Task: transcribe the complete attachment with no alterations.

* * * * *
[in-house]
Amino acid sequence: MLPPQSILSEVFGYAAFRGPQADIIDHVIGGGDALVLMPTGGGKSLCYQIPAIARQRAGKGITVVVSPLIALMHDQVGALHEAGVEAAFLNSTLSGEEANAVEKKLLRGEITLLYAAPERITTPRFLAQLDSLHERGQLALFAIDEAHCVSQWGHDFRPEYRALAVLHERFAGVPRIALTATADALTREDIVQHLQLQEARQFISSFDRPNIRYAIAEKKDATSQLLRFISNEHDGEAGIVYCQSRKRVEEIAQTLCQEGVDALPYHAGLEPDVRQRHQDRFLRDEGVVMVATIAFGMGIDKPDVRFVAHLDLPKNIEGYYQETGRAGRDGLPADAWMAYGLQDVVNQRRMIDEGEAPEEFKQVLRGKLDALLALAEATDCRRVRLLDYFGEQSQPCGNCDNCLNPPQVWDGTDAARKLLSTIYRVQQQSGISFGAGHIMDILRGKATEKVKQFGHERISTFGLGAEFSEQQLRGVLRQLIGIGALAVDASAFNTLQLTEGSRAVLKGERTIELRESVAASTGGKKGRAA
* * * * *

[in-house]
Amino acid sequence: MLPPQSILSEVFGYAAFRGPQADIIDHVIGGGDALVLMPTGGGKSLCYQIPAIARQRAGKGITVVVSPLIALMHDQVGALHEAGVEAAFLNSTLSGEEANAVEKKLLRGEITLLYAAPERITTPRFLAQLDSLHERGQLALFAIDEAHCVSQWGHDFRPEYRALAVLHERFAGVPRIALTATADALTREDIVQHLQLQEARQFISSFDRPNIRYAIAEKKDATSQLLRFISNEHDGEAGIVYCQSRKRVEEIAQTLCQEGVDALPYHAGLEPDVRQRHQDRFLRDEGVVMVATIAFGMGIDKPDVRFVAHLDLPKNIEGYYQETGRAGRDGLPADAWMAYGLQDVVNQRRMIDEGEAPEEFKQVLRGKLDALLALAEATDCRRVRLLDYFGEQSQPCGNCDNCLNPPQVWDGTDAARKLLSTIYRVQQQSGISFGAGHIMDILRGKATEKVKQFGHERISTFGLGAEFSEQQLRGVLRQLIGIGALAVDASAFNTLQLTEGSRAVLKGERTIELRESVAASTGGKKGRAA